Voice competition serves as a pursuit of perfection
Offstage, Julia Lamon is a teacher of voice lessons, an assistant show choir director and a gregarious new mom.
Onstage, she might be anyone.
Lamon, of Bemidji, Minn., was one of 10 entrants in early rounds of the 11th Czech and Slovak International Voice Competition of Montréal, held Monday and Tuesday, Nov. 21-22 at UW-Green Bay. And like her fellow competitors, Lamon transformed the moment she took to the stage.
Performing, especially arias, lets Lamon take on a completely different character, she said. That, plus plenty of preparation, eases rattled nerves when the time comes to sing.
“Nervousness goes away with practice,” Lamon said Tuesday, fresh off her three-song performance at the Weidner Center for the Performing Arts. “… You can’t disappoint yourself by not doing your best.”
That pursuit of perfection is what it’s all about for entrants in the prestigious international competition, which is held every two years and for which UW-Green Bay was the first and remains the only U.S. site for preliminary and semifinal rounds. Qualifying vocalists advance to the Czech and Slovak voice competition finals, held in Montréal, Canada Nov. 25-26.
UW-Green Bay Associate Prof. Sarah Meredith Livingston and community patron Sharon Resch (presented with flowers and posing with finalists in the photo gallery) helped bring the competition to campus in 2003, pairing with Alain Nonat, general and artistic director of Théâtre Lyrichorégra 20 in Montréal. The competition was created in 1991 to commemorate the 150th celebration of renowned composer Antonin Dvorak’s birth. Today, the event continues to promote the Czech and Slovak vocal repertoire for young singers, while fostering exchanges of young musicians and specialists between North America and the Czech Republic, as well as Slovakia.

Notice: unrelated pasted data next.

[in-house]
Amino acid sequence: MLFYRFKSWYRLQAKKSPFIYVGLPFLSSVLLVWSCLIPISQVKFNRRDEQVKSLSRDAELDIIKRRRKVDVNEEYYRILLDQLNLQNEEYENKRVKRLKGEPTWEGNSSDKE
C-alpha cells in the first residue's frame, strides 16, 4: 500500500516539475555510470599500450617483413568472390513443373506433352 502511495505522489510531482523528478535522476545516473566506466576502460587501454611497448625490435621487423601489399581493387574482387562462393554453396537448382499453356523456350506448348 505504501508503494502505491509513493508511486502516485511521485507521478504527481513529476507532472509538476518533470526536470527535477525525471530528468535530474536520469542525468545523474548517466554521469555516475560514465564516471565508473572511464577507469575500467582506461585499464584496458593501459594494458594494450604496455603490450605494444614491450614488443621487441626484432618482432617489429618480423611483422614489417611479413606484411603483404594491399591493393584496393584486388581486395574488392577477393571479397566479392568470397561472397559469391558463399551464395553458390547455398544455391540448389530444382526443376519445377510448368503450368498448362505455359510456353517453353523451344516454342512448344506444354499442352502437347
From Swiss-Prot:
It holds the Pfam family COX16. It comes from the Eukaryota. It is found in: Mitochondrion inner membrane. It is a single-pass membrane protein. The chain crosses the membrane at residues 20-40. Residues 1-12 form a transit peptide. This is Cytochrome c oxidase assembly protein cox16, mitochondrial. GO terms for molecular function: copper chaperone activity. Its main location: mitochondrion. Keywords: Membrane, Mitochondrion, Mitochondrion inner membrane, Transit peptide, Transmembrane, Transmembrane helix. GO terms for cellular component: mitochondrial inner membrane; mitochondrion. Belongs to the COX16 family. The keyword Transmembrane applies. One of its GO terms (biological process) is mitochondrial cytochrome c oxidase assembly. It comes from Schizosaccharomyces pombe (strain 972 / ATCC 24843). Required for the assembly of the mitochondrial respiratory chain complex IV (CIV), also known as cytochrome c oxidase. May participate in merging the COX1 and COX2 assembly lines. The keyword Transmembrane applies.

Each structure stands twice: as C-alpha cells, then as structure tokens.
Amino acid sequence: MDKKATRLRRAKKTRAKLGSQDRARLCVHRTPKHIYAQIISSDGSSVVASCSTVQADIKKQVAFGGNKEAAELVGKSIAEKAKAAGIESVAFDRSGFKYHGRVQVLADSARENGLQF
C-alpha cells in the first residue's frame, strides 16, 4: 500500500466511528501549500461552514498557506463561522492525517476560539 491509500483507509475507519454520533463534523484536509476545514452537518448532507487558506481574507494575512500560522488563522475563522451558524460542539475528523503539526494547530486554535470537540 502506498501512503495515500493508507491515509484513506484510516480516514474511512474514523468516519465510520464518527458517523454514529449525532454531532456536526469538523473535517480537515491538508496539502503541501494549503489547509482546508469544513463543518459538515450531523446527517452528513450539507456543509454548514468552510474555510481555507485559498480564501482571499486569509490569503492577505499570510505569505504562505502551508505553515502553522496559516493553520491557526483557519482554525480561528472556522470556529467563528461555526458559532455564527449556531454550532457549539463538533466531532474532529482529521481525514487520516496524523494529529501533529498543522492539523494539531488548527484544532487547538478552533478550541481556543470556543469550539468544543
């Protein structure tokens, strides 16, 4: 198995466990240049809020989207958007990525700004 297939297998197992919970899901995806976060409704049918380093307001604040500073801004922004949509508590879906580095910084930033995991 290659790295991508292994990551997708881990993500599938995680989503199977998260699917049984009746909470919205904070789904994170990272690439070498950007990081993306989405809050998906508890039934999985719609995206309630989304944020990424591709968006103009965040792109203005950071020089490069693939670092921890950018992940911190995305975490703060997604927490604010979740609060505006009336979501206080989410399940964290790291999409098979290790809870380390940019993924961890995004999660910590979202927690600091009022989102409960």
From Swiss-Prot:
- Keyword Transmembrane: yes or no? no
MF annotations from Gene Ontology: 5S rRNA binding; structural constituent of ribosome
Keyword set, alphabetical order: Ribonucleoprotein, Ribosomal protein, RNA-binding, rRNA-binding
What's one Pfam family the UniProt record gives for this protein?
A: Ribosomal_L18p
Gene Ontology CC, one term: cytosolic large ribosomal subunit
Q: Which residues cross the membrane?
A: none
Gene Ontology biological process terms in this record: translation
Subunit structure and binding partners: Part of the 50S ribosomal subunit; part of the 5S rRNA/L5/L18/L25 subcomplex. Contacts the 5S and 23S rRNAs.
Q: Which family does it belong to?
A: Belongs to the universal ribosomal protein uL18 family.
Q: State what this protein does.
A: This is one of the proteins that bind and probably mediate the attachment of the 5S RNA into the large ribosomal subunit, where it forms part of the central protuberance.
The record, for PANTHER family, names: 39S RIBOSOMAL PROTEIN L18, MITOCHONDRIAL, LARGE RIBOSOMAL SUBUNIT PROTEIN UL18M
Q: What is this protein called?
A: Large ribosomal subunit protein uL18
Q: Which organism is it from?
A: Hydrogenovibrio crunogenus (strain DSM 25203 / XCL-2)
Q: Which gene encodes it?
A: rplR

“The Czech and Slovak competition has a rich history of hosting incredible singers from all over the world,” said Meredith Livingston, one of six adjudicators from across the globe who judged the competition. “We are pleased and honored to be a part of this amazing tradition, and we thank all of our community sponsors for their enduring and steadfast support.”
Campus and community members alike gathered to watch performances Monday and Tuesday afternoon in the Jean Weidner Theatre of the Weidner Center. Accompanied by accomplished pianist and vocal coach Tim Cheek, entrants performed works by Dvorak, Georges Bizet and other renowned composers. Without the benefit of common language, the singers conveyed emotions from sorrow to joy and passion through their vocals, facial expressions and style of performance.
It was the second Czech and Slovak competition for Lamon, who also took part in 2007, at the suggestion of Meredith Livingston and fellow adjudicator Gildo Dinunzio. After her performance Wednesday, Lamon said she’s so glad she did.
“It’s really helped me to explore Czech music,” she said. “… It’s all beautiful.”
Three singers were chosen as winners of the UW-Green Bay semifinal round and will advance to the finals in Montréal. They are Kristen Bigham of Chicago, Ill.; Kristin Goodkin of New York, New York; and Kylie Toomer of Madison, Wis.
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